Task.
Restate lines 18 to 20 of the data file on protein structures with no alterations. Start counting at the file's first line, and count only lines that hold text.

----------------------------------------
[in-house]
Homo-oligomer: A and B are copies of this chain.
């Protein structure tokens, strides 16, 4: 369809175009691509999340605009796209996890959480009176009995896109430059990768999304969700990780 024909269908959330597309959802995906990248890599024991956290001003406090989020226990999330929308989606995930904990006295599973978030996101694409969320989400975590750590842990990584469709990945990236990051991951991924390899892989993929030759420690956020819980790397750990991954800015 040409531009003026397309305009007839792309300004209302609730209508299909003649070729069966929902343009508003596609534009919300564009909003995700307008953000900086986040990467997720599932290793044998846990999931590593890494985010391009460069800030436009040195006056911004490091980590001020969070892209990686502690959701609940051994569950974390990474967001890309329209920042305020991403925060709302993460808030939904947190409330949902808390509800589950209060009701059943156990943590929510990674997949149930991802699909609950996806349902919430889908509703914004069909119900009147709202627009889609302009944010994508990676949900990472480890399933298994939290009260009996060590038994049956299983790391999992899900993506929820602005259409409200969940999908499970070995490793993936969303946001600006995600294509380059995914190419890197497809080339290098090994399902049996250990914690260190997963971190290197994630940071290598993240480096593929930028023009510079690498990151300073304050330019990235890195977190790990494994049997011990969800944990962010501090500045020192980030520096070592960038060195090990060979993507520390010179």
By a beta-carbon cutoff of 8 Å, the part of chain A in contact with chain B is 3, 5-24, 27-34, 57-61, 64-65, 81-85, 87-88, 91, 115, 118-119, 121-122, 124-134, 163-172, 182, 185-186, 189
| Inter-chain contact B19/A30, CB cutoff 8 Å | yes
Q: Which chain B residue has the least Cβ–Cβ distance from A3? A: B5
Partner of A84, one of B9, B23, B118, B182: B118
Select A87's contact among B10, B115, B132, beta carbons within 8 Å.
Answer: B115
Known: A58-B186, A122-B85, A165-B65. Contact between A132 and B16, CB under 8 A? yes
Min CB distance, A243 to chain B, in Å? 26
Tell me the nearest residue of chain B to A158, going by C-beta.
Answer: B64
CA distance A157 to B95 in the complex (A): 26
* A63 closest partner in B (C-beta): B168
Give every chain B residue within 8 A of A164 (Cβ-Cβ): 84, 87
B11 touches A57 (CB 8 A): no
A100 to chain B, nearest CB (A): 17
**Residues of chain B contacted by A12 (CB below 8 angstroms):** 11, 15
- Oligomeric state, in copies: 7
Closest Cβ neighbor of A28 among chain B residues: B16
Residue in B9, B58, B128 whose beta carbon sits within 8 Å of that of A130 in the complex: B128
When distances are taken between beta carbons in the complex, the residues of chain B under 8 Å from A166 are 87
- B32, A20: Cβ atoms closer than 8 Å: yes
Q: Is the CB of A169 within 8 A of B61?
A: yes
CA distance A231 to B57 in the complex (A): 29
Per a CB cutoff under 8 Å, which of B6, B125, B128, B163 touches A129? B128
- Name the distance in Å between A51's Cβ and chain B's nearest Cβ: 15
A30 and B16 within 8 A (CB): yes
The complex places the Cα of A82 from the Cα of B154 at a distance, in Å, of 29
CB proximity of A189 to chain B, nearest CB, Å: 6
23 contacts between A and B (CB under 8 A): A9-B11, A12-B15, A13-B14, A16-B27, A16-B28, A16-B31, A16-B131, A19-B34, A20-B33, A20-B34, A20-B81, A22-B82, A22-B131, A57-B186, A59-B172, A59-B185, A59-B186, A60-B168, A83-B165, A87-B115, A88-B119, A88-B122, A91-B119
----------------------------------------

A100 to chain B, nearest CB (A): 17
**Residues of chain B contacted by A12 (CB below 8 angstroms):** 11, 15
- Oligomeric state, in copies: 7